South Sudan accuses Khartoum of fresh attacks
South Sudan on Sunday accused Sudan of launching fresh attacks along their disputed border, stalling peace talks in Addis Ababa, a senior South Sudanese official said.
“We are here ... to attempt to make peace; the Government of Sudan is waging war on South Sudan,” Juba’s chief negotiator Pagan Amum told journalists.
“The government of Sudan is bombing us as we speak,” said Amum, who reported fresh battles in the towns of Manga and Panakuach in Unity State, where fighting broke out last Monday.
He said talks were stalled after the North accused the South of invading its territory, which Amum said was “categorically untrue”.
Amum added the North was planning further attacks along the disputed border.
“We are privy to intelligence that Sudan is planning an imminent invasion of Unity State,” he told reporters, adding that South Sudan would exercise its right to defend its territory if necessary.
“The government of South Sudan has the sovereign right to protect itself,” he said.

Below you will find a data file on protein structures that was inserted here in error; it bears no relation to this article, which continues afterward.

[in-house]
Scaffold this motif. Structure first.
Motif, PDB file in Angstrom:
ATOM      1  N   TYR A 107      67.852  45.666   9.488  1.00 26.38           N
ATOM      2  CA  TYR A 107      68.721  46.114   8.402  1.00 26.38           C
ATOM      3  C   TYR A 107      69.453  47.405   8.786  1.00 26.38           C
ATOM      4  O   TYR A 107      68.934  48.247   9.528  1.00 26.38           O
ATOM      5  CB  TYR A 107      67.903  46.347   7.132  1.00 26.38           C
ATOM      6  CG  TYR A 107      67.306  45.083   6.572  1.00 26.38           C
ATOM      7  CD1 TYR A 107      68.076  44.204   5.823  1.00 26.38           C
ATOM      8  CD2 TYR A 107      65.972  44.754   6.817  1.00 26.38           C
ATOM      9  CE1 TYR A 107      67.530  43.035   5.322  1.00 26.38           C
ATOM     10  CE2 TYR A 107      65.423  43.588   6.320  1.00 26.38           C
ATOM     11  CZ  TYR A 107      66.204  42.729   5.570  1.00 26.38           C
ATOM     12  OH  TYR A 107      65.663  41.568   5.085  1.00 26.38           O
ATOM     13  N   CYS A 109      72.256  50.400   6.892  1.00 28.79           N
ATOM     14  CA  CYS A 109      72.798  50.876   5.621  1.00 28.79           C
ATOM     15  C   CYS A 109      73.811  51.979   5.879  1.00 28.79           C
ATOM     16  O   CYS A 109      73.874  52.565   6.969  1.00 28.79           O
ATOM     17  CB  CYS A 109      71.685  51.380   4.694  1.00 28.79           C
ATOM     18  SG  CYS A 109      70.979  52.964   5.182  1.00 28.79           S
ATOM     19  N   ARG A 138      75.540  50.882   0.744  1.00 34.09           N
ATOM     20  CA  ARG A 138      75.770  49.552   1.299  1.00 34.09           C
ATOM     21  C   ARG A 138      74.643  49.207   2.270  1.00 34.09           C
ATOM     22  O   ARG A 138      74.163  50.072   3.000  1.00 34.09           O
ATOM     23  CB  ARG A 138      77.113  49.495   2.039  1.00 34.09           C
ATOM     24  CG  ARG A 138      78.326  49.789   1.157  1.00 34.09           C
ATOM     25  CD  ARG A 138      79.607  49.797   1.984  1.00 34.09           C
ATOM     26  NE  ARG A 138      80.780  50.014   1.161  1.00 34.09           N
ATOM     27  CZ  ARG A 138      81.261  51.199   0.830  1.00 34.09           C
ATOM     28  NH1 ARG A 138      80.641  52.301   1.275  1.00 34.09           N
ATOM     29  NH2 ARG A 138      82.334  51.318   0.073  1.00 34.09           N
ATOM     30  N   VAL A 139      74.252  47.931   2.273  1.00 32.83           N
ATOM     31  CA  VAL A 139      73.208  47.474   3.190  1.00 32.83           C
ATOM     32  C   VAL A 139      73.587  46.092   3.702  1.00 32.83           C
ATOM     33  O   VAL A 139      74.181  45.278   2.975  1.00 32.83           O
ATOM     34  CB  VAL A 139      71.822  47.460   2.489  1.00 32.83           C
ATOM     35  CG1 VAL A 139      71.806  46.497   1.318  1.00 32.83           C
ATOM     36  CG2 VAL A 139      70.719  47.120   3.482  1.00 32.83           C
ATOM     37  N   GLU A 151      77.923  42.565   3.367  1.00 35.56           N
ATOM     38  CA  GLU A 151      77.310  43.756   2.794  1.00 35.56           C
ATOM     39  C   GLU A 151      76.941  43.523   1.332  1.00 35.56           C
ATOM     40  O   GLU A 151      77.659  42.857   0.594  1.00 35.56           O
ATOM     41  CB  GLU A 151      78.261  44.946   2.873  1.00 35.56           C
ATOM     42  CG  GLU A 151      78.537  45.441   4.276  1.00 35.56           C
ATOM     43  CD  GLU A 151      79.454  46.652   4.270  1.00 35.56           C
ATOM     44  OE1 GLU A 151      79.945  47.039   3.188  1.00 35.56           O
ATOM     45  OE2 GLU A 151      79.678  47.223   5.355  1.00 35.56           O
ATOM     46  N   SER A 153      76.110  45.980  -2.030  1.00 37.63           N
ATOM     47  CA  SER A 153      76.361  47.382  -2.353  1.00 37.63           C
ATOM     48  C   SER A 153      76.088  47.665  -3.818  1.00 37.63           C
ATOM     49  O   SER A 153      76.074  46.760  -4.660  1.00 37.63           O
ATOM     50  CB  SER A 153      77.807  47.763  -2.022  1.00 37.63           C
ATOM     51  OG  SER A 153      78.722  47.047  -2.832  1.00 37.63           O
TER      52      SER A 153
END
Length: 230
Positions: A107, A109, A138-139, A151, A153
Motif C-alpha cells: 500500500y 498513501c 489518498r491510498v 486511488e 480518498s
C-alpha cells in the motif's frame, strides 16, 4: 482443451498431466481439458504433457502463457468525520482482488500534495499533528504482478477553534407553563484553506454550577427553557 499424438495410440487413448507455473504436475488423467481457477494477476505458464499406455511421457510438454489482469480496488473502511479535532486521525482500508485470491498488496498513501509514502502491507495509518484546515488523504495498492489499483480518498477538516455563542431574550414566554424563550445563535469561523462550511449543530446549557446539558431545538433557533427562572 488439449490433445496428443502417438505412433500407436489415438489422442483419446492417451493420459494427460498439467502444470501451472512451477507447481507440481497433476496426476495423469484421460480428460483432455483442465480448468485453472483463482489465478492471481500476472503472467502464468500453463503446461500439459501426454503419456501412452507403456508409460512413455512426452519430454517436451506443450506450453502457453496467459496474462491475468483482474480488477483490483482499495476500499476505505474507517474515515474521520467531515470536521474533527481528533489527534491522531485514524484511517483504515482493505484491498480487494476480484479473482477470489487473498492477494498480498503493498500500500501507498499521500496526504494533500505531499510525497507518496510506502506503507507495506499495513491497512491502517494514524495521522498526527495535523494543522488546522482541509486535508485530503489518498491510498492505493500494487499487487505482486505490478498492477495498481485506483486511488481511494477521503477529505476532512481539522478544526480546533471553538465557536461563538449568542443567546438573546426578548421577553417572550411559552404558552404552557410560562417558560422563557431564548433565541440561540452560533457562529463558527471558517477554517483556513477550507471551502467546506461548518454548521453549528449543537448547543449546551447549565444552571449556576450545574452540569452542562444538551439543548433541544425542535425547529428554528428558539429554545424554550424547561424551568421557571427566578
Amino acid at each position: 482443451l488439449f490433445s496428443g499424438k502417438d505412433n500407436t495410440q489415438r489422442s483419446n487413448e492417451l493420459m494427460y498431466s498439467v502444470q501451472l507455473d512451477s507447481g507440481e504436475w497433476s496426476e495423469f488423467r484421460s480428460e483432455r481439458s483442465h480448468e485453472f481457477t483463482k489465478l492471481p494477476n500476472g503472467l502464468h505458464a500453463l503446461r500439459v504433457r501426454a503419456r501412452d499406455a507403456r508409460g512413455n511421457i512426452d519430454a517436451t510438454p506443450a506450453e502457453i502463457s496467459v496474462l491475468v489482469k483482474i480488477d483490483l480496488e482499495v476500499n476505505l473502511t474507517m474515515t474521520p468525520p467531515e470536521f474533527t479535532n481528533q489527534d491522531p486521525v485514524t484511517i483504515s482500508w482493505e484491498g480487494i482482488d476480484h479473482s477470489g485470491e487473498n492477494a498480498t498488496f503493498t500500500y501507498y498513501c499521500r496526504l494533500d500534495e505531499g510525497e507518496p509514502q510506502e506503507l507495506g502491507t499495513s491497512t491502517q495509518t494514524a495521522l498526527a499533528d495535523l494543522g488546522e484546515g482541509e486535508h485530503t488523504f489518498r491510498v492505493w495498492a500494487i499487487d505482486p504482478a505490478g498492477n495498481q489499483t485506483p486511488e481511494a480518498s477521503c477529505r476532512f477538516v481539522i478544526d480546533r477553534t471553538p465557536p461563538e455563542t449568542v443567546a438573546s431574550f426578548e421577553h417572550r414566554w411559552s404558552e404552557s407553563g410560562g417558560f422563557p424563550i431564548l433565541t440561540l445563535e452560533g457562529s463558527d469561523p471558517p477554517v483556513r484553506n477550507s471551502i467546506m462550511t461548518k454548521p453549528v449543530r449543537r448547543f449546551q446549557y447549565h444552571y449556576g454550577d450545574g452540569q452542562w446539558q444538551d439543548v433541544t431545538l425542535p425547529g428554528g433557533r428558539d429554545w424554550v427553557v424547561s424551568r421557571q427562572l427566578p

Delegations from both countries are in the Ethiopian capital to discuss security issues.
By the end of the first day of negotiations on Saturday, security talks between the lead negotiators had not yet started.
Amum said the North failed to send the head of its security delegation.
“The meeting was supposed to take place yesterday but he has not come for reasons known to them,” Amum said, referring to the chief of Khartoum’s security delegation. He accused the North of trying to “derail” the peace talks.
Ongoing peace efforts were threatened by fresh violence in Unity State this week, prompting Khartoum to call off a meeting of the South’s President Salva Kiir with his northern counterpart Omar al-Bashir that had been scheduled for April 3 in Juba.
South Sudan’s foreign minister said Kiir was willing to meet Bashir despite this week’s incidents and said they would not object to meeting in another location.
“If [al-Bashir] has any objection to meeting in any place other than Juba, we have no problem meeting him anywhere else,” Nhial Deng Nhial said.
When asked whether negotiations are slated to proceed, Amum said only that his government “calls on the parties” to return to the negotiating table to seek a negotiated peaceful solution to the conflict [and] conclude an immediate ceasefire.”—Sapa-AFP